Realizing he’s mistaken an original Bishop-Parekh track for “Swedish EDM demigod Avicii,” Schmidt yells, “This must be a shenanigan!” But on New Girl, a shenanigan is never just a shenanigan. This isn’t just a lost bet; it’s a crisis of faith. When the certainty of his taste is called into question, Schmidt—that self-made man constructed from from an elaborate construct of skincare regimes, menswear protocols, and behavioral tics—is shaken to the core. “If I don’t have my taste,” he asks, “then what’s real? Are cargo shorts gorgeous? Was I wrong about rubber awareness bracelets? Should I grow a goatee?”

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To Winston and Cece, this is a game. To Schmidt, it’s earth-shattering. He’s ready to burn all his gingham and trade in his cashmere socks for a 14-pack of tube socks from the grocery store. And he’s ready to take back the find he uncovered in “the chair district”: an authentic Hauberman, an angular and unforgiving piece of high design Schmidt selected as the centerpiece of their home-to-be. Robbed of his highhanded assurance in his own taste, Schmidt casts off his lifestyle accoutrements and retreats to their empty house, still under construction and now weevil-infested. (“Wow,” Winston says when they find him, “cowboy hat, hockey jersey, drinking from a styrofoam cup. You called it perfectly, Cece.”)

There, Cece delivers a moral that seems more suited to Winston, and specifically to the Winston of “Goosebumps Walkaway,” who recognizes his motherfreakin’ handwriting: “Your taste is your taste, it doesn’t matter who else likes it.” And the rest of them deliver that message in tangible form, bringing in Schmidt’s Hauberman. There’s no rationale for Schmidt’s crisis of confidence to be resolved so easily, but Max Greenfield sells the moment with his eyes as he sits on that ugly, spare seat (“Chair?” Nick says, “I thought it was the base of a fish tank”), and with his exuberant dance to Winston and Cece’s song.

The resolution of Nick and Reagan’s story is more logical and better earned, but no less touching. There’s something poignant about the image of Nick and Jess on one side of that security gate and Reagan on the other. It’s even more poignant to see Jess in close-up behind those bars, watching Nick walk away from her. The silly, self-sabotaging man she loved, and maybe still loves, is about to stop dissembling and let himself be vulnerable, and it’s largely thanks to her unflagging support of his new relationship.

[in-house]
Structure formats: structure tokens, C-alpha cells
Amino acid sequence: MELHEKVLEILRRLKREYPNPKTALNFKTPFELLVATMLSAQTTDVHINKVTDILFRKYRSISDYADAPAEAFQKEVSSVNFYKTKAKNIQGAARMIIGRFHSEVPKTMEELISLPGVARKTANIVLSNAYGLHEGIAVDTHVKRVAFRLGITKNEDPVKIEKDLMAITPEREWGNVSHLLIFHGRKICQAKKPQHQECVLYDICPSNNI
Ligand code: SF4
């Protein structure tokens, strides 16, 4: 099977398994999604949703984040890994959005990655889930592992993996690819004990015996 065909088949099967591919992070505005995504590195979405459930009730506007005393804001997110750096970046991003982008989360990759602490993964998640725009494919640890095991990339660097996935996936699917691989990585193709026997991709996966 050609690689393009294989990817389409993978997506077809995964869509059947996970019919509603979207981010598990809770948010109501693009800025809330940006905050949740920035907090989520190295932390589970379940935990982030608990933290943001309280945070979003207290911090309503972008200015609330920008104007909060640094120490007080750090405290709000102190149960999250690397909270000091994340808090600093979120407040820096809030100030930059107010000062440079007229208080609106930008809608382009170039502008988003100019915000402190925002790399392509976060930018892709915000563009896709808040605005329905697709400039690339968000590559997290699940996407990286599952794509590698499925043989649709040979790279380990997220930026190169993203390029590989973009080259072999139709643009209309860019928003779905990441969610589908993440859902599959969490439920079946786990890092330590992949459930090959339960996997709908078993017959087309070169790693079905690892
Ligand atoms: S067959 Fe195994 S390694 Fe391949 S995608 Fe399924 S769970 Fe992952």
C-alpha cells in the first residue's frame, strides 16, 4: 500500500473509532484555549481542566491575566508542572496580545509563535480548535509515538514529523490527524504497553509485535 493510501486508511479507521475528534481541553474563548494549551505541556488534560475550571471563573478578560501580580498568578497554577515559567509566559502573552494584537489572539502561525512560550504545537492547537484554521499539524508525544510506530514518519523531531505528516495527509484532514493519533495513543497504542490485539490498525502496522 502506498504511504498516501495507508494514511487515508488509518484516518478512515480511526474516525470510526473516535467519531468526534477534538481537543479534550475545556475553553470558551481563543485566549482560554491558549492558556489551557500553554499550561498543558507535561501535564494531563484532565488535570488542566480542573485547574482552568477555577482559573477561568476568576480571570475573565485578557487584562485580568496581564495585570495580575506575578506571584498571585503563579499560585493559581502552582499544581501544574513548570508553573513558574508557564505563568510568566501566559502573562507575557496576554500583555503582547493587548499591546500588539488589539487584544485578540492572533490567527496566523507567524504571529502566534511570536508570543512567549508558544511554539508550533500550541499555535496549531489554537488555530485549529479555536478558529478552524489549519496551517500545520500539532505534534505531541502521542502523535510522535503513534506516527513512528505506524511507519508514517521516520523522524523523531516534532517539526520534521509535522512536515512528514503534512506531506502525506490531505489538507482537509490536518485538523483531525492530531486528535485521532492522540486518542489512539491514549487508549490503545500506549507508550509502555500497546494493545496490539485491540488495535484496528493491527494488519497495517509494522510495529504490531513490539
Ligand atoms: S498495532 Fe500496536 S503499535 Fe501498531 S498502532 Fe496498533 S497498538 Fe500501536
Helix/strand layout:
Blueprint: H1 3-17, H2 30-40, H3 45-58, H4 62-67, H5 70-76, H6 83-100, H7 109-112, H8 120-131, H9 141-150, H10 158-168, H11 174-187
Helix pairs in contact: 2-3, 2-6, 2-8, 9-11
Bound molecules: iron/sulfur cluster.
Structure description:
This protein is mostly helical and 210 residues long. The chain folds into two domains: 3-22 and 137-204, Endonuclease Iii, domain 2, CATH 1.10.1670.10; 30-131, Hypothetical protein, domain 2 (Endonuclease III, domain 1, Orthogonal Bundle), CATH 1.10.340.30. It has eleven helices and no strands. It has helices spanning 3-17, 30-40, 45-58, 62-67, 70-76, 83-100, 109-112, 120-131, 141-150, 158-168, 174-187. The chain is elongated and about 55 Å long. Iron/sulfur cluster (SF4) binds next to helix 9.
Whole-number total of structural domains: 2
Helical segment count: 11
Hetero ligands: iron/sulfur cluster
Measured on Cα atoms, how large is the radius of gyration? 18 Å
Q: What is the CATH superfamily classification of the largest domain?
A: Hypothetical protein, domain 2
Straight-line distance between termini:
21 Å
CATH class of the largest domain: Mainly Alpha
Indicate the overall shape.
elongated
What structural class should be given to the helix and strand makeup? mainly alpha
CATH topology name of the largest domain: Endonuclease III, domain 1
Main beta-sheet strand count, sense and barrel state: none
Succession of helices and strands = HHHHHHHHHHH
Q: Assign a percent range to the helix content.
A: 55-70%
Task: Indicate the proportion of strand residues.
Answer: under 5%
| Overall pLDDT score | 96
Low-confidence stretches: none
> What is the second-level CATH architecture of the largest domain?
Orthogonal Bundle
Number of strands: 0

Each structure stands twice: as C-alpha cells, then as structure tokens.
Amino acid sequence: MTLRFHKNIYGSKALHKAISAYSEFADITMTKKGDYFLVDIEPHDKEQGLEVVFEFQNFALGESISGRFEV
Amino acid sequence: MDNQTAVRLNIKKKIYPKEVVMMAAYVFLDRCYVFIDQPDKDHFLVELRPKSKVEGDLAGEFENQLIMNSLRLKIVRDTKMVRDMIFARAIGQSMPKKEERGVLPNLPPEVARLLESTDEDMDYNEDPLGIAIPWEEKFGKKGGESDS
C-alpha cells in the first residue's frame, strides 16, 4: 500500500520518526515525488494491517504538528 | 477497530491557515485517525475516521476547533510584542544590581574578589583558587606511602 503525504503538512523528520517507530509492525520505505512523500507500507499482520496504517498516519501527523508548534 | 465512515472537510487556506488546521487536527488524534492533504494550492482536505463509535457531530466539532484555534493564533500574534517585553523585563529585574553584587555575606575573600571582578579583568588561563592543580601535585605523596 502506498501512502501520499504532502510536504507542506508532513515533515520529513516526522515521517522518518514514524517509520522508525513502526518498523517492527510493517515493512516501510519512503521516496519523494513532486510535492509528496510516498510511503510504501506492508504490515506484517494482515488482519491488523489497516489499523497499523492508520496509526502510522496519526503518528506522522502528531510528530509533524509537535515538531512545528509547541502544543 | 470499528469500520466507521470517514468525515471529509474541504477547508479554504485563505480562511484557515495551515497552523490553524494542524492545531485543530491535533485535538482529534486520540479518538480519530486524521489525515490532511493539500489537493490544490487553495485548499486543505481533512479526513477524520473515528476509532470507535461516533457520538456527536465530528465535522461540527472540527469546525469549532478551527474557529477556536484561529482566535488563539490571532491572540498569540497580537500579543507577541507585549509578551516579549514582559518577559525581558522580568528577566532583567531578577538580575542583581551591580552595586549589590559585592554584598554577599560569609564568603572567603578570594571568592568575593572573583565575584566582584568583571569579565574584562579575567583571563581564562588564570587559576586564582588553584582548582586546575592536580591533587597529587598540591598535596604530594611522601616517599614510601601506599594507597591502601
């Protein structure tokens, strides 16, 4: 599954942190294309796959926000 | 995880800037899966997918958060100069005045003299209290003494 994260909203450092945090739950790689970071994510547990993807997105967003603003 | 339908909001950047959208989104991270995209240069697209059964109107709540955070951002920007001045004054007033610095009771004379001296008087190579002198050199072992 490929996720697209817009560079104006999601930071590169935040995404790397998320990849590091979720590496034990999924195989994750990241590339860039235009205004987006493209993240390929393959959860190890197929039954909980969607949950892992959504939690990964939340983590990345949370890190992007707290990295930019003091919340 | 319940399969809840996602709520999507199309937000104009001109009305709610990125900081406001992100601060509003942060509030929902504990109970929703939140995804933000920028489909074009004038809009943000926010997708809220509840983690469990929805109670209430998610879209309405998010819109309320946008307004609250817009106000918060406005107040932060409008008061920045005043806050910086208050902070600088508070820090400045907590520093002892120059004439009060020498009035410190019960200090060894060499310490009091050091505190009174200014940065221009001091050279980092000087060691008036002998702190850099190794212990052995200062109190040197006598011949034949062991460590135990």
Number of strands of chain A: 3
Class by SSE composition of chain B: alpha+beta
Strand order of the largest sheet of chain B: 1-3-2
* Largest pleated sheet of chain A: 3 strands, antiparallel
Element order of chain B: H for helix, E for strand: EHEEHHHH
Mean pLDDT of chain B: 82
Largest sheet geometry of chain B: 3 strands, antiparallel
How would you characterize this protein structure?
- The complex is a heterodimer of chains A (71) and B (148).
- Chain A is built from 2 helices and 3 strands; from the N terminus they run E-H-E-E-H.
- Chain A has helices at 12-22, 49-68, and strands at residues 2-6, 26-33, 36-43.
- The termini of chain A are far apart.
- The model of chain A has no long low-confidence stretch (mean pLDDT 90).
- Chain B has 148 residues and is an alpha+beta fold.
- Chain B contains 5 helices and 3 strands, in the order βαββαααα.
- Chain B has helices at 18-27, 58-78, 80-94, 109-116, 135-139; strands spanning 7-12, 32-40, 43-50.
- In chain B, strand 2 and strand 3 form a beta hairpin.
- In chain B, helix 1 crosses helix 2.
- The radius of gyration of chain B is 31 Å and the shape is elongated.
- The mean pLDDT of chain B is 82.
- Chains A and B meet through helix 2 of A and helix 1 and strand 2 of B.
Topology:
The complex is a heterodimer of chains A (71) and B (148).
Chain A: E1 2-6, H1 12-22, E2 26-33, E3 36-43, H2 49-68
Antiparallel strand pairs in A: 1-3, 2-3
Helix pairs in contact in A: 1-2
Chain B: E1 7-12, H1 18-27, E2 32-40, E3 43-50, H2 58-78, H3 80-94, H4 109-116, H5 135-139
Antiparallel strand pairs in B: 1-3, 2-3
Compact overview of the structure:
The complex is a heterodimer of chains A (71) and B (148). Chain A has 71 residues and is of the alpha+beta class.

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But like “Christmas Eve Eve,” “Raisin’s Back” drops a hint about Nick and Reagan’s future even as it resolves their immediate conflict. After they eschew the sniping and coded language of their quarrel, as they prepare to open up to each other, Reagan still isn’t able to give Nick the correct code to unlock the gate. It took Jess to lead Nick to Reagan’s secret apartment, and it takes a stranger (Kevin, who’s just trying to enjoy his supermarket salad on his balcony) to give Nick the entry code. Nick can’t quite get there on his own, and Reagan can’t quite let him in.

Stray observations

  • Do my eyes deceive me or is Nick drinking a beer with a whole pickle in it?
  • Schmidt’s dream chair, the Hauberman: “A print ad for it features a quote from David Strathairn.”
  • Schmidt calling Winston’s jukebox smash “the least Fonzie move ever! Borderline Chachi!” has a different undertone than it would have a few years ago.
  • As Schmidt lectures Winston that he prefers to call EDM “just M, because it’s the only music,” Cece is able to recite his words in unison, proving that Schmidt’s EDM rant is yet another oft-repeated piece of the New Girl universe that the audience is only now seeing.
  • Cece’s irrepressible gagging as hungover Jess stinks up her room is a great, uh, gag: visceral and evocative without crossing the line into gross-out.
  • A few of the candid recordings Winston considered for the hook of his single: Nick shaving without shaving cream, Schmidt rhapsodizing about his Hauberman, Furguson “going to town on Jess’ bunny slippers” (which is several seconds of silence) and Nick eating a microwave burrito (which sounds like a cat going to town on bunny slippers).
  • New Girl’s reality isn’t as absurdist as Lady Dynamites, but with its overt nods to classic sitcoms, its transcendence of those old tropes, and its emotional generosity, “Raisin’s Back” reminds me of “Jack And Diane.”